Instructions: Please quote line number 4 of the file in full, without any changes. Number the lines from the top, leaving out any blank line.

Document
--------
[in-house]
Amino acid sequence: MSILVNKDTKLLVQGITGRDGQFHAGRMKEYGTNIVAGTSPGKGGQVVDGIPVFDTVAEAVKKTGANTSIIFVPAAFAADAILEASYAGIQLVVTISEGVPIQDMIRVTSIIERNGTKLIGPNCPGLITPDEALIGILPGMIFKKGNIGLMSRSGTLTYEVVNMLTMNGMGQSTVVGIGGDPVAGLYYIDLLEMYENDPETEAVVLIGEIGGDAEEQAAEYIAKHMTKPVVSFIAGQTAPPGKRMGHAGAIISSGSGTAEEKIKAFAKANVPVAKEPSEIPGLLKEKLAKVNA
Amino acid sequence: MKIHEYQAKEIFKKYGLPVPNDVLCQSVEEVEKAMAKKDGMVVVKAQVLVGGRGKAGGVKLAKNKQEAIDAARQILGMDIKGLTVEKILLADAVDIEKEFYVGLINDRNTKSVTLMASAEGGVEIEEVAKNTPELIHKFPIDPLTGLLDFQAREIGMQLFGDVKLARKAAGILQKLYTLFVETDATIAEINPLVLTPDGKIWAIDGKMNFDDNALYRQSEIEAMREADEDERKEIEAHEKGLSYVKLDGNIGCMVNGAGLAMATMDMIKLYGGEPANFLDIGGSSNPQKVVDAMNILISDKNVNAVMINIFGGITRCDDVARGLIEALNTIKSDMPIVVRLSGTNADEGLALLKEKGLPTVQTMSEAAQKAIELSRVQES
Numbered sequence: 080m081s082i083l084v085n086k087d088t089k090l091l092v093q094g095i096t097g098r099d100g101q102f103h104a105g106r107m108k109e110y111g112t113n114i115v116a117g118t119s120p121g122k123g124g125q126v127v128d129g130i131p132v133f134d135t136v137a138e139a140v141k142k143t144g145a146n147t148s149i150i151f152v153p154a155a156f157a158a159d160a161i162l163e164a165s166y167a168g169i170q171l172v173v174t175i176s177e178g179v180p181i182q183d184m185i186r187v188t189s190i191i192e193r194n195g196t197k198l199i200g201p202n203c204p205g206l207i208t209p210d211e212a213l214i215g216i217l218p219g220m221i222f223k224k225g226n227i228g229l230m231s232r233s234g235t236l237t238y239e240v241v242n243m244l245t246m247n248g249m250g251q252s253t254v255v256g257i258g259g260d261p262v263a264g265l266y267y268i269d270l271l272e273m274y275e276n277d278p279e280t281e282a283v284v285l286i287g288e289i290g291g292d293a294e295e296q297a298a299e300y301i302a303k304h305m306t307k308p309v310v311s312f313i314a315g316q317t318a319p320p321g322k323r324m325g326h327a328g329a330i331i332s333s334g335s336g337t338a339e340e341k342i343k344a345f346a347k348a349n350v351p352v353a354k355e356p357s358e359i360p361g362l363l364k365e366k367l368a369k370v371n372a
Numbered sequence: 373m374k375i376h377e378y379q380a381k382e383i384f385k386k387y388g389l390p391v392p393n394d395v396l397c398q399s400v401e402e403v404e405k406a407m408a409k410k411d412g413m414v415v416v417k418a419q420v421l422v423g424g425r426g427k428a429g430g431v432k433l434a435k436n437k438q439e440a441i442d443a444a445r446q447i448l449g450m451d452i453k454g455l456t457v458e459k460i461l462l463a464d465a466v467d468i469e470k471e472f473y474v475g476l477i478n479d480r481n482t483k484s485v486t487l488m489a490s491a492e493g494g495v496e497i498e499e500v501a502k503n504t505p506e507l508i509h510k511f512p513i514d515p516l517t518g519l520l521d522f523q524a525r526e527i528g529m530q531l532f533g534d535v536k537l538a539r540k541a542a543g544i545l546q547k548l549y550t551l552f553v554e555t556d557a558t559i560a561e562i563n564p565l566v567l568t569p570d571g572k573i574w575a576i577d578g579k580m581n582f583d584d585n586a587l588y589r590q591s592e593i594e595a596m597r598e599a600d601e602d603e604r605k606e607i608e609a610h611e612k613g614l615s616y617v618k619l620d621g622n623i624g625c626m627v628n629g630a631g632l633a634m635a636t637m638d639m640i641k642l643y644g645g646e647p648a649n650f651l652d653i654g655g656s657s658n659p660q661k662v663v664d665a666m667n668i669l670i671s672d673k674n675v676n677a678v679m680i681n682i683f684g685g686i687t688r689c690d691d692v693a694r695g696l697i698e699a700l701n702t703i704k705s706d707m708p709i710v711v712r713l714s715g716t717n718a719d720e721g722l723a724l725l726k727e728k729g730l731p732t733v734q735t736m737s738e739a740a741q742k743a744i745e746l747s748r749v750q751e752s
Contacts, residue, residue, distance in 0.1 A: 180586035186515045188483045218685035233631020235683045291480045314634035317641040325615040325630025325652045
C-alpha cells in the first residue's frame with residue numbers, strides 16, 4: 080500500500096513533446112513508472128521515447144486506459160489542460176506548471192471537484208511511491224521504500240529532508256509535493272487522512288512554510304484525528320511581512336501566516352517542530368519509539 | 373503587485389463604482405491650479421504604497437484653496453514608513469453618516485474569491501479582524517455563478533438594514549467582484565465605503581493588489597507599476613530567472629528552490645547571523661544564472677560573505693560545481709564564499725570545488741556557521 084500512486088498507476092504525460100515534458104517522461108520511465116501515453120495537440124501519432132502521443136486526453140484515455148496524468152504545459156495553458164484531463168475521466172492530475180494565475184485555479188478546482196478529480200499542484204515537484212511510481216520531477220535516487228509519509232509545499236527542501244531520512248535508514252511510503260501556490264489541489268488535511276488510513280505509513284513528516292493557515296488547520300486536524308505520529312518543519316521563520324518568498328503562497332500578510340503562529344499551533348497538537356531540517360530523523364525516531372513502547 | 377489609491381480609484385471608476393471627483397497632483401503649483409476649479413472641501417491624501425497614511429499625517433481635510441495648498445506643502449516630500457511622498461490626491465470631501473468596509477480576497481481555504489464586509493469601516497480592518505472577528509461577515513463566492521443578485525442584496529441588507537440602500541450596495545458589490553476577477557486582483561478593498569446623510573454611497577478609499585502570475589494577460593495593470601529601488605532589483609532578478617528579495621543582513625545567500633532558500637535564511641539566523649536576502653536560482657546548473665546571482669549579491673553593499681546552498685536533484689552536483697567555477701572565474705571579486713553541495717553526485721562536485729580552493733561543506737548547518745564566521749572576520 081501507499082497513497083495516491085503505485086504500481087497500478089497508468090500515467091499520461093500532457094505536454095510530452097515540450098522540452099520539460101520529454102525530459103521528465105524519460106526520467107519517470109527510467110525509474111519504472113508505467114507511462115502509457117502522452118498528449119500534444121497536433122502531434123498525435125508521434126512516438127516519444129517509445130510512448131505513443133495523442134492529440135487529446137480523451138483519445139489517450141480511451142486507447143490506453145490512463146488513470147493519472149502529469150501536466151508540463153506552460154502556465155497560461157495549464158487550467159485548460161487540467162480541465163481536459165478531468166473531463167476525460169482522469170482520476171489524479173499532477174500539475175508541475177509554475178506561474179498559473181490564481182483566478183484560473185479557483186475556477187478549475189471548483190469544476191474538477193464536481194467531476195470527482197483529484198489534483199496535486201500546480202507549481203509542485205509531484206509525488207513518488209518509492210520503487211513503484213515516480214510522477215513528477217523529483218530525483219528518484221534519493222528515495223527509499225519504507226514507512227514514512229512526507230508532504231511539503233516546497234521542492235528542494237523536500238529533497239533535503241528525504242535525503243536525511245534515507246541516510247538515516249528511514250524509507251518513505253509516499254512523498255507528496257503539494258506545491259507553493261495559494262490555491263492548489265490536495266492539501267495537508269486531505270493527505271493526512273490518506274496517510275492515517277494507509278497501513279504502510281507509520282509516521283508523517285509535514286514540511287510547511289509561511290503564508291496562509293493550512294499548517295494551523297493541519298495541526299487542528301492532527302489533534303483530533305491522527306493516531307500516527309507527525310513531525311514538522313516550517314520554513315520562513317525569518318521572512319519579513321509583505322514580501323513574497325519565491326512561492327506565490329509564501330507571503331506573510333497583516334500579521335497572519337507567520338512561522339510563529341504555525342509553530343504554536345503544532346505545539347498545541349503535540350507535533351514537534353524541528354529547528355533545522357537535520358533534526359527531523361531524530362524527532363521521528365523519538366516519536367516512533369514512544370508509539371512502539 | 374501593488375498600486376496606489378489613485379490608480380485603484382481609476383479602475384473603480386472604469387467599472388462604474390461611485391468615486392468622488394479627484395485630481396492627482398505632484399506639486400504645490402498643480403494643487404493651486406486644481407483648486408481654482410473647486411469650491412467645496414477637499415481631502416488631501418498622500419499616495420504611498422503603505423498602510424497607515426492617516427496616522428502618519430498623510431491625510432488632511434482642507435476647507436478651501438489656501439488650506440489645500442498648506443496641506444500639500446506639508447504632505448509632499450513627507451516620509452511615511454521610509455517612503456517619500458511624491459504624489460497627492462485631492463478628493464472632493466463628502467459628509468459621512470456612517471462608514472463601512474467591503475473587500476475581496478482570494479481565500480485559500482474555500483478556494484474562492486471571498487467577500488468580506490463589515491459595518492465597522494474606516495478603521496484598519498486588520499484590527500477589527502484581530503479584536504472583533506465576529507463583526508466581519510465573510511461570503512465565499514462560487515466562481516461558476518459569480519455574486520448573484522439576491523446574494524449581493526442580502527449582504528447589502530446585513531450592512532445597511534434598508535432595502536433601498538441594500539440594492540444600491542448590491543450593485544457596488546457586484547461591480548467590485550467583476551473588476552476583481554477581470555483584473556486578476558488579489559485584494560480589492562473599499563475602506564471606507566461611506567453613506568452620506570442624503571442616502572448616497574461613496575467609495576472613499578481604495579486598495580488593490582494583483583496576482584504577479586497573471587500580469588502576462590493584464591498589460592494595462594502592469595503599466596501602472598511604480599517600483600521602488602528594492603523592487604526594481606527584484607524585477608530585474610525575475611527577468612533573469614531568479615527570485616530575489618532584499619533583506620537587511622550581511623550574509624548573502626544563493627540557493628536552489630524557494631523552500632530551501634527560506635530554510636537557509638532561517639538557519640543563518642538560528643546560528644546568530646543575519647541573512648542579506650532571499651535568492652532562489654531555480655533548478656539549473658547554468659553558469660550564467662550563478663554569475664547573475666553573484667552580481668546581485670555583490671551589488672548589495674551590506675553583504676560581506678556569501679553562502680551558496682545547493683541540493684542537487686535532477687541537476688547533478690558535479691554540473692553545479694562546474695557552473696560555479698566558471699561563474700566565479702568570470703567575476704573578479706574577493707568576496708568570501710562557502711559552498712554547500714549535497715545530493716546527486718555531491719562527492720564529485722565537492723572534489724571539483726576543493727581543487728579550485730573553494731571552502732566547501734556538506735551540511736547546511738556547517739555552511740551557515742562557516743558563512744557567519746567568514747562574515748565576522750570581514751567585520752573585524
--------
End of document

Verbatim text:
Numbered sequence: 080m081s082i083l084v085n086k087d088t089k090l091l092v093q094g095i096t097g098r099d100g101q102f103h104a105g106r107m108k109e110y111g112t113n114i115v116a117g118t119s120p121g122k123g124g125q126v127v128d129g130i131p132v133f134d135t136v137a138e139a140v141k142k143t144g145a146n147t148s149i150i151f152v153p154a155a156f157a158a159d160a161i162l163e164a165s166y167a168g169i170q171l172v173v174t175i176s177e178g179v180p181i182q183d184m185i186r187v188t189s190i191i192e193r194n195g196t197k198l199i200g201p202n203c204p205g206l207i208t209p210d211e212a213l214i215g216i217l218p219g220m221i222f223k224k225g226n227i228g229l230m231s232r233s234g235t236l237t238y239e240v241v242n243m244l245t246m247n248g249m250g251q252s253t254v255v256g257i258g259g260d261p262v263a264g265l266y267y268i269d270l271l272e273m274y275e276n277d278p279e280t281e282a283v284v285l286i287g288e289i290g291g292d293a294e295e296q297a298a299e300y301i302a303k304h305m306t307k308p309v310v311s312f313i314a315g316q317t318a319p320p321g322k323r324m325g326h327a328g329a330i331i332s333s334g335s336g337t338a339e340e341k342i343k344a345f346a347k348a349n350v351p352v353a354k355e356p357s358e359i360p361g362l363l364k365e366k367l368a369k370v371n372a